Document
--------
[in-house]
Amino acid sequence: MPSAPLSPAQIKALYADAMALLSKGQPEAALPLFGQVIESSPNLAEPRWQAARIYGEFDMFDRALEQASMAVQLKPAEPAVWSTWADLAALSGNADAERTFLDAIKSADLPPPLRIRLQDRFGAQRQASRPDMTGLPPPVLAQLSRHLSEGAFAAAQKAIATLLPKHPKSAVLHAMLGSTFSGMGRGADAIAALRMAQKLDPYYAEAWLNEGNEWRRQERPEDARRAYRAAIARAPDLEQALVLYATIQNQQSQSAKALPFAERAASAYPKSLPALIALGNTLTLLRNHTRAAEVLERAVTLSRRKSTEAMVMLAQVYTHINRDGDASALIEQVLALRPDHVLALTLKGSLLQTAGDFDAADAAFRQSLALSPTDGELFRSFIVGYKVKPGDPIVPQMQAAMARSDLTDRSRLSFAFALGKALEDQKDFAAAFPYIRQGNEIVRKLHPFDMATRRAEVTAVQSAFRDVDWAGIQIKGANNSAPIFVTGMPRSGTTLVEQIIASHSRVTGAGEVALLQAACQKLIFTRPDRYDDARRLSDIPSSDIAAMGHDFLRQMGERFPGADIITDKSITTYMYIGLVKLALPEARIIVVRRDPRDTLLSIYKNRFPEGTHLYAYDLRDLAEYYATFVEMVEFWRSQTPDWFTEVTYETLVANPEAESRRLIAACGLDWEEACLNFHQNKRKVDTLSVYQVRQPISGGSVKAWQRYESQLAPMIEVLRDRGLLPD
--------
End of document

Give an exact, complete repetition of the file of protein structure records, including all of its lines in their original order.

[in-house]
Amino acid sequence: MPSAPLSPAQIKALYADAMALLSKGQPEAALPLFGQVIESSPNLAEPRWQAARIYGEFDMFDRALEQASMAVQLKPAEPAVWSTWADLAALSGNADAERTFLDAIKSADLPPPLRIRLQDRFGAQRQASRPDMTGLPPPVLAQLSRHLSEGAFAAAQKAIATLLPKHPKSAVLHAMLGSTFSGMGRGADAIAALRMAQKLDPYYAEAWLNEGNEWRRQERPEDARRAYRAAIARAPDLEQALVLYATIQNQQSQSAKALPFAERAASAYPKSLPALIALGNTLTLLRNHTRAAEVLERAVTLSRRKSTEAMVMLAQVYTHINRDGDASALIEQVLALRPDHVLALTLKGSLLQTAGDFDAADAAFRQSLALSPTDGELFRSFIVGYKVKPGDPIVPQMQAAMARSDLTDRSRLSFAFALGKALEDQKDFAAAFPYIRQGNEIVRKLHPFDMATRRAEVTAVQSAFRDVDWAGIQIKGANNSAPIFVTGMPRSGTTLVEQIIASHSRVTGAGEVALLQAACQKLIFTRPDRYDDARRLSDIPSSDIAAMGHDFLRQMGERFPGADIITDKSITTYMYIGLVKLALPEARIIVVRRDPRDTLLSIYKNRFPEGTHLYAYDLRDLAEYYATFVEMVEFWRSQTPDWFTEVTYETLVANPEAESRRLIAACGLDWEEACLNFHQNKRKVDTLSVYQVRQPISGGSVKAWQRYESQLAPMIEVLRDRGLLPD